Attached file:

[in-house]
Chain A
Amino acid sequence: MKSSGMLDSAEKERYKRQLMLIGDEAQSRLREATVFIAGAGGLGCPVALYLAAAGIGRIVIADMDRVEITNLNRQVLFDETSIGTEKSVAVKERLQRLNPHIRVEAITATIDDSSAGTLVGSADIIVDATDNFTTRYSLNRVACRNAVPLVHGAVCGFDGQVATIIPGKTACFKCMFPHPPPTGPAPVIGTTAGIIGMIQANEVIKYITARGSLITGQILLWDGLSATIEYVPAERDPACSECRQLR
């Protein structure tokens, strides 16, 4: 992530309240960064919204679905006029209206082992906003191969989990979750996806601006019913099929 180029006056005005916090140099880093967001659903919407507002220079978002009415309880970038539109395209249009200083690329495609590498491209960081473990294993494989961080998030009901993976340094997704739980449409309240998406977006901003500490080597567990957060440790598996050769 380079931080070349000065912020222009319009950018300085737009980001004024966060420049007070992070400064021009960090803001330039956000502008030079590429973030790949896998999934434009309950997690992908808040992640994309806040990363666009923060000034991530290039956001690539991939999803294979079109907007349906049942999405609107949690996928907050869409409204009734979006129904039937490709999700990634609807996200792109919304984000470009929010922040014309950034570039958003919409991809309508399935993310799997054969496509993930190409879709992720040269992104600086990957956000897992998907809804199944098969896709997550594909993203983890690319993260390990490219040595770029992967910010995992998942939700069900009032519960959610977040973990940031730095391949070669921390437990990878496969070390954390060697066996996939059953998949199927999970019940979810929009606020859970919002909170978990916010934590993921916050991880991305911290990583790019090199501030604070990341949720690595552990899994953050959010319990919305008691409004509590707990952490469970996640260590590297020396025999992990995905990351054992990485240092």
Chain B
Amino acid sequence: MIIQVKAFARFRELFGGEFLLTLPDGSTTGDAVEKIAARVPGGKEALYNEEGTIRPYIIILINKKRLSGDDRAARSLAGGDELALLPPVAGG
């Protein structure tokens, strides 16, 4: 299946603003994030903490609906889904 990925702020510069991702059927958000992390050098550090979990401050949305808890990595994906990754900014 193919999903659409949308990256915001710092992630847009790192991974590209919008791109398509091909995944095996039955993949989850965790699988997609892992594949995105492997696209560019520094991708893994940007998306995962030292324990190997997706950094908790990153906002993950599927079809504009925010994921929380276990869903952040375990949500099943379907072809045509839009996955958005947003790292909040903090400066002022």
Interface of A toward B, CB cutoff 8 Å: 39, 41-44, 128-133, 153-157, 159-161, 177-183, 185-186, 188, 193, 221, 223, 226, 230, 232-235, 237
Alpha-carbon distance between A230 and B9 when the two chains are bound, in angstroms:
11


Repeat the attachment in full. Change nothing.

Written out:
[in-house]
Chain A
Amino acid sequence: MKSSGMLDSAEKERYKRQLMLIGDEAQSRLREATVFIAGAGGLGCPVALYLAAAGIGRIVIADMDRVEITNLNRQVLFDETSIGTEKSVAVKERLQRLNPHIRVEAITATIDDSSAGTLVGSADIIVDATDNFTTRYSLNRVACRNAVPLVHGAVCGFDGQVATIIPGKTACFKCMFPHPPPTGPAPVIGTTAGIIGMIQANEVIKYITARGSLITGQILLWDGLSATIEYVPAERDPACSECRQLR
């Protein structure tokens, strides 16, 4: 992530309240960064919204679905006029209206082992906003191969989990979750996806601006019913099929 180029006056005005916090140099880093967001659903919407507002220079978002009415309880970038539109395209249009200083690329495609590498491209960081473990294993494989961080998030009901993976340094997704739980449409309240998406977006901003500490080597567990957060440790598996050769 380079931080070349000065912020222009319009950018300085737009980001004024966060420049007070992070400064021009960090803001330039956000502008030079590429973030790949896998999934434009309950997690992908808040992640994309806040990363666009923060000034991530290039956001690539991939999803294979079109907007349906049942999405609107949690996928907050869409409204009734979006129904039937490709999700990634609807996200792109919304984000470009929010922040014309950034570039958003919409991809309508399935993310799997054969496509993930190409879709992720040269992104600086990957956000897992998907809804199944098969896709997550594909993203983890690319993260390990490219040595770029992967910010995992998942939700069900009032519960959610977040973990940031730095391949070669921390437990990878496969070390954390060697066996996939059953998949199927999970019940979810929009606020859970919002909170978990916010934590993921916050991880991305911290990583790019090199501030604070990341949720690595552990899994953050959010319990919305008691409004509590707990952490469970996640260590590297020396025999992990995905990351054992990485240092």
Chain B
Amino acid sequence: MIIQVKAFARFRELFGGEFLLTLPDGSTTGDAVEKIAARVPGGKEALYNEEGTIRPYIIILINKKRLSGDDRAARSLAGGDELALLPPVAGG
């Protein structure tokens, strides 16, 4: 299946603003994030903490609906889904 990925702020510069991702059927958000992390050098550090979990401050949305808890990595994906990754900014 193919999903659409949308990256915001710092992630847009790192991974590209919008791109398509091909995944095996039955993949989850965790699988997609892992594949995105492997696209560019520094991708893994940007998306995962030292324990190997997706950094908790990153906002993950599927079809504009925010994921929380276990869903952040375990949500099943379907072809045509839009996955958005947003790292909040903090400066002022």
Interface of A toward B, CB cutoff 8 Å: 39, 41-44, 128-133, 153-157, 159-161, 177-183, 185-186, 188, 193, 221, 223, 226, 230, 232-235, 237
Alpha-carbon distance between A230 and B9 when the two chains are bound, in angstroms:
11